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'I feel uniquely poor'

Scenes of ruin in a changed country



I was pumping gas, excited that the price was under $4, although I knew the total would exceed $50. I locked the pump on automatic and took a walk amid the other pumps to see what people were spending.

Six of the eight pumps were showing $5 to $10.

A woman pulled up in an old Taurus. I watched her put $8 of regular into the car. She turned to me and asked for directions to Lenox Square.

We were in Grant Park. I told her it was a fairly lengthy drive. "I'm not sure $8 of gas is going to get you there and home," I said, laughing.

"I know," she said, "but I am returning a gift someone gave me, so I should have plenty to buy more gas after I get there."

A baby in her car started to cry and she took off.

A friend in Florida called. I hadn't heard from him all summer, despite numerous calls and e-mails. I'd actually checked the obituary columns.

I asked him why he'd been out of touch and he replied that he'd felt "overwhelmed" all summer.

"My business has dried up. It's less than half what it was this time last year," he said. "All I do is work, trying to make up the difference."

My friend is one of those people who is used to a prosperous lifestyle. He moved to Florida last year and bought a lucrative business after being laid off by the international company that paid him enough to own three high-rise condos in Atlanta.

"The economy seems to be tanking big-time," I said. "And nobody's really talking much about how bad it really is."

He agreed but admitted that he didn't like to think that way. "I have to believe things are getting better," he said.

I stopped in a smoothie shop for a shot of protein on my way home from the gym. The woman behind the cash register was fast asleep. I knocked gently on the bar and she awoke with a start, apologizing.

"Rough day?" I asked.

"Same as any other day," she said. "I have two full-time jobs."

"George Bush complimented a woman at one of his town hall meetings in 2004 for holding two jobs. He said that was uniquely American," I told her. "Do you feel that way?"

"Well, like many Americans right now, I feel uniquely poor," she said.

The bridge that connects Hill Street in Grant Park to Edgewood Avenue has reopened after being closed for many months. Before the area under the bridge was fenced off, it had been a crash space for many homeless people.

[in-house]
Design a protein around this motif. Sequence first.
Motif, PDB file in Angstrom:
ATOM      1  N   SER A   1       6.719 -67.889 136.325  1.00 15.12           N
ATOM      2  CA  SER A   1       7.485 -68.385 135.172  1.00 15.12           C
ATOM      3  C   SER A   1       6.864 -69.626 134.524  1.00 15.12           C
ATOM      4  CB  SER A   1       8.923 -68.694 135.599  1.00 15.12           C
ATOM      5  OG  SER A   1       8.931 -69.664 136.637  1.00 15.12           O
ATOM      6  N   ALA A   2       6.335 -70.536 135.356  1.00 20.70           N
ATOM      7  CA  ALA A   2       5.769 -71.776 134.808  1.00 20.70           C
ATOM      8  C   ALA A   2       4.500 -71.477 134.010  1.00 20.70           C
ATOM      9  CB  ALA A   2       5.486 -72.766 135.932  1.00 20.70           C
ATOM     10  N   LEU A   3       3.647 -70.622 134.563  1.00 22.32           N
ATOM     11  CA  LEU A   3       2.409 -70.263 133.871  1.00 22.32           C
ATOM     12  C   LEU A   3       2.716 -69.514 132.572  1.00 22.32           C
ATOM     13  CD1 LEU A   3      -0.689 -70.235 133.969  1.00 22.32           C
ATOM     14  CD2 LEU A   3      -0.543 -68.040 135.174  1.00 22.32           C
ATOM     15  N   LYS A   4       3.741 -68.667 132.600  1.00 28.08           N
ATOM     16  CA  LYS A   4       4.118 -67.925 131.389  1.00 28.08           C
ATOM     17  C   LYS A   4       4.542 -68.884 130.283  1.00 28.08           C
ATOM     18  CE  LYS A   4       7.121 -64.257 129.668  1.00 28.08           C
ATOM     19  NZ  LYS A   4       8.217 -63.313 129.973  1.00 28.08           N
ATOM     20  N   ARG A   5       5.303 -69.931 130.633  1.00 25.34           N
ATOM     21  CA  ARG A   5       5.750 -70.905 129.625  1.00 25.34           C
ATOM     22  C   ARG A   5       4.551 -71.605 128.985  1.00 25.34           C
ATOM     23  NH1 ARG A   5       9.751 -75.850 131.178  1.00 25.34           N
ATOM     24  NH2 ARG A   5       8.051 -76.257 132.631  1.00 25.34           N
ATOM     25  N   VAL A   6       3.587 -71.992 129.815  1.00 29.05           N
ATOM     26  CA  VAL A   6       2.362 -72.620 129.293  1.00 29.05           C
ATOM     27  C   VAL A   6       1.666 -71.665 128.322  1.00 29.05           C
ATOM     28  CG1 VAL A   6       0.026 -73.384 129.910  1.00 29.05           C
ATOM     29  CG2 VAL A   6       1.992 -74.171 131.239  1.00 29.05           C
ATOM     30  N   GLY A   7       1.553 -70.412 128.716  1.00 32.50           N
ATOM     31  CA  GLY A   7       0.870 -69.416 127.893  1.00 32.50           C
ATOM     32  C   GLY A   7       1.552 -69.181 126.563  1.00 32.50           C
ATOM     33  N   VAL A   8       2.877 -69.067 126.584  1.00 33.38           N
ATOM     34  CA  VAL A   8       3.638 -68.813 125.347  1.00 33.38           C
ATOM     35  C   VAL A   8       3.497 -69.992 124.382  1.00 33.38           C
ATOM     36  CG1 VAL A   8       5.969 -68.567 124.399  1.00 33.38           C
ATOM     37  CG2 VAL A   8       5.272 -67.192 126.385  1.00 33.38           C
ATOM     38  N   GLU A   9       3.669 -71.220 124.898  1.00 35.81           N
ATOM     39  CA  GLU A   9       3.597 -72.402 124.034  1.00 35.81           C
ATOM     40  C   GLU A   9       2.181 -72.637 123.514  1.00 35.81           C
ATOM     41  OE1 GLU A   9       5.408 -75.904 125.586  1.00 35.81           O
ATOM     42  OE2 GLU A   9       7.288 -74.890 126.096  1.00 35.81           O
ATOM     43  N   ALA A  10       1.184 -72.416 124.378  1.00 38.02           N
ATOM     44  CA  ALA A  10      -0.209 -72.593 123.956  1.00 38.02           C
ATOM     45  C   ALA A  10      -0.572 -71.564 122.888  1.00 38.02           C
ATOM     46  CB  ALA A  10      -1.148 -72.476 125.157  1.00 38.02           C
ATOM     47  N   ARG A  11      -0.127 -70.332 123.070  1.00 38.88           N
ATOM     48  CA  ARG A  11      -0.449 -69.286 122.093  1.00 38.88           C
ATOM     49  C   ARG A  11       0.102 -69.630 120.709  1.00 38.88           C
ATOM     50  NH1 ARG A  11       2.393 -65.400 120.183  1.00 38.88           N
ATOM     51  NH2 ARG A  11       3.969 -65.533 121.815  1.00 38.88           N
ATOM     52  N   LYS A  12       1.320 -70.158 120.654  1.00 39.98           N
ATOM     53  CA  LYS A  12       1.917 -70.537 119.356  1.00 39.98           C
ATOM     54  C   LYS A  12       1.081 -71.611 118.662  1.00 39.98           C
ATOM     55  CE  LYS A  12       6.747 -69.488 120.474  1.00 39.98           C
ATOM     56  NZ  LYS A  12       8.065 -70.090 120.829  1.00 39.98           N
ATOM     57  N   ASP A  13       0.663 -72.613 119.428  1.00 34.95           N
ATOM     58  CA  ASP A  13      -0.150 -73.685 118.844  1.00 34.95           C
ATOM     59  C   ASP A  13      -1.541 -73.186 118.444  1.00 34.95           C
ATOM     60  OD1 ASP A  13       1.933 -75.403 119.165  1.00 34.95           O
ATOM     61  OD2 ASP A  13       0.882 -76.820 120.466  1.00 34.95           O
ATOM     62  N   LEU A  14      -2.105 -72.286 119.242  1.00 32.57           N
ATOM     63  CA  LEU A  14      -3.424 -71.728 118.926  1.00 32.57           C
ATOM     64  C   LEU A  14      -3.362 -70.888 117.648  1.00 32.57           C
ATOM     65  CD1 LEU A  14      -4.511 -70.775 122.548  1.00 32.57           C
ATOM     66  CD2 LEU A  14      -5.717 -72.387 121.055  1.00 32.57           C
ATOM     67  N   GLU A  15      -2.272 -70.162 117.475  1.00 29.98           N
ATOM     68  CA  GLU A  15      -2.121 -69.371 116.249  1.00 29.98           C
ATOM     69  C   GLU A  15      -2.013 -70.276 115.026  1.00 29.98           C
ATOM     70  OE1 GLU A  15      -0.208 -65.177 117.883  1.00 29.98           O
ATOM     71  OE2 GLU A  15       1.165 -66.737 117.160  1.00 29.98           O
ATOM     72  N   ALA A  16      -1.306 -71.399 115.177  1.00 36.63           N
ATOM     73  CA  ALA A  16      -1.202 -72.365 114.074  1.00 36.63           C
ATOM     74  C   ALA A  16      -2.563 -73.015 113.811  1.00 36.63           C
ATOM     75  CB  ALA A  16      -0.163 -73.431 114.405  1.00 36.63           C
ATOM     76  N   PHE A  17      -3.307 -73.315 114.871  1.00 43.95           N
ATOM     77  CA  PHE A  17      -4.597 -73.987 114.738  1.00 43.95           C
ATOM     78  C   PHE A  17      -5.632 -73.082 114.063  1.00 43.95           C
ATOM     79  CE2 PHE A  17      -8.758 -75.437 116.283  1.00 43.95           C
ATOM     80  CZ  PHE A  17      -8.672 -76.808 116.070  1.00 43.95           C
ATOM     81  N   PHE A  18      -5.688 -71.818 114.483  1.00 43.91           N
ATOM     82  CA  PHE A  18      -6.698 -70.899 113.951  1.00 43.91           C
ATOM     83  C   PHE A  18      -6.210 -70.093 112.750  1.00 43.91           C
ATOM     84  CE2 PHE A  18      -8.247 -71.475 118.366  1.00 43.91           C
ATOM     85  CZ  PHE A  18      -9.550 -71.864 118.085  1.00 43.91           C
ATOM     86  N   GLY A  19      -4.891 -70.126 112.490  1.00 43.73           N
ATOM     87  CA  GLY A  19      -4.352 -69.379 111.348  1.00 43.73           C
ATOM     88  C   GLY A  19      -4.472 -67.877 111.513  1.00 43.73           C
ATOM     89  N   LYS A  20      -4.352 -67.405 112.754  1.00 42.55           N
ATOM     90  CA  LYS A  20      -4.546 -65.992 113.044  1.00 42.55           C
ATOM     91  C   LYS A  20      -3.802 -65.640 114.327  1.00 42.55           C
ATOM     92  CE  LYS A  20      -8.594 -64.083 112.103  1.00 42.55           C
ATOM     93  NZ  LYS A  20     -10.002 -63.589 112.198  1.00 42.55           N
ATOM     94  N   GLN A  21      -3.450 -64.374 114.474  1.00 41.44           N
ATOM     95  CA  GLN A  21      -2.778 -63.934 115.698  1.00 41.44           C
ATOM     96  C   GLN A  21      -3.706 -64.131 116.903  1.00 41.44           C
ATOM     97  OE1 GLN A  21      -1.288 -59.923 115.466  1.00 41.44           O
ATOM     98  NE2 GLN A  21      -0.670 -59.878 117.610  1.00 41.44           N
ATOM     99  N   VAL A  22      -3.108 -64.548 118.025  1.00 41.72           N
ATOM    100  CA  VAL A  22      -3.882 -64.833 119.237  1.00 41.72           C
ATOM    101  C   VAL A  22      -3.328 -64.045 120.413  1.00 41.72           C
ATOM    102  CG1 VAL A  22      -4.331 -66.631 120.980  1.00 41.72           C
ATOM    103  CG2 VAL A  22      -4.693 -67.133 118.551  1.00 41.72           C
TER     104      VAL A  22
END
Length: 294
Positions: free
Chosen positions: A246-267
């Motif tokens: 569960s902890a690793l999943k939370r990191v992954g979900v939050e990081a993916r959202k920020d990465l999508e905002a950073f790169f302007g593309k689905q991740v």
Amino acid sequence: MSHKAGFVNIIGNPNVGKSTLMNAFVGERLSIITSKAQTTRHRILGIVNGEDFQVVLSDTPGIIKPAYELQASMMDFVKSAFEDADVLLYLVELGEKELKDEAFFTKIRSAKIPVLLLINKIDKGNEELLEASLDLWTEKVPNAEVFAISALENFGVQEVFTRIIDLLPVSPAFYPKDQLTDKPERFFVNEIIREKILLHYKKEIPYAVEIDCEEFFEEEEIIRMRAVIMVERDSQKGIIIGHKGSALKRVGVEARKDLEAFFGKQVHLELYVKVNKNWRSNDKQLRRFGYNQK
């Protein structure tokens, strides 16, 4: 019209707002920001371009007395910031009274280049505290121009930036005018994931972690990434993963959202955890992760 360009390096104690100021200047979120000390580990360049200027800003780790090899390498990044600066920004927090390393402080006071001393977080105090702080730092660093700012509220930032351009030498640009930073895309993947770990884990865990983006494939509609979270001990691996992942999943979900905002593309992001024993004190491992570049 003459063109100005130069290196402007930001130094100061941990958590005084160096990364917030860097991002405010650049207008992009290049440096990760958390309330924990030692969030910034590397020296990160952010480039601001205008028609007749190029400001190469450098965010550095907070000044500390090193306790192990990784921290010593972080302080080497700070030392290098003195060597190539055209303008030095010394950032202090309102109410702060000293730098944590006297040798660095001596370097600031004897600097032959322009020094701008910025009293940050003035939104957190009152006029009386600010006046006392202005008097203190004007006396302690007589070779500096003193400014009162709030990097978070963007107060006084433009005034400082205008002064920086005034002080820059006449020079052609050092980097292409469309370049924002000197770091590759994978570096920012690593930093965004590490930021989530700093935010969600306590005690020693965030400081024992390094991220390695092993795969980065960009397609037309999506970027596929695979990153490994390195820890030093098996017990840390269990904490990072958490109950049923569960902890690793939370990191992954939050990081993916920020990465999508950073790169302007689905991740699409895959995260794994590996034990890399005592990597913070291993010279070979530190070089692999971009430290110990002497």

Now, they're trickling back, spreading out their bed linens on the sidewalk to sleep or just hang out. Grady Memorial Hospital is just around the corner.

I parked my car and as soon as I got out, two men were on me, asking for money.

"I'm just visiting," I said, giving each of them a dollar.

It was about 2 p.m. and there were 10 people on the sidewalk, most of them sitting. It was an odd encampment. Where I expected despair, I didn't feel much besides my own. I was embarrassed to be there, feeling like an anthropologist exploring a village little more than a mile from my home.

A woman held a cracked hand mirror into which she gazed while moving strands of her thinning hair around.

"How's it look?" I asked. She laughed and turned to face me directly. She was about 30, I'd guess, and looked tired but not unhealthy.

"I'm heading to work," she said, "and I have to look decent." She explained that she worked for a nearby fast-food restaurant.

"Do they know you're on the street?" I asked. She said that she'd been homeless only six weeks and that her employer thought she still lived with her sister, who had kicked her out when her boyfriend moved in.

"What will you do?" I asked.

She looked at me and didn't say a word. Then she looked at the broken mirror and held it up to me. "Do you want this?" she asked.

Cliff Bostock holds a Ph.D. in depth psychology. For his blog and information on his private practice, go to

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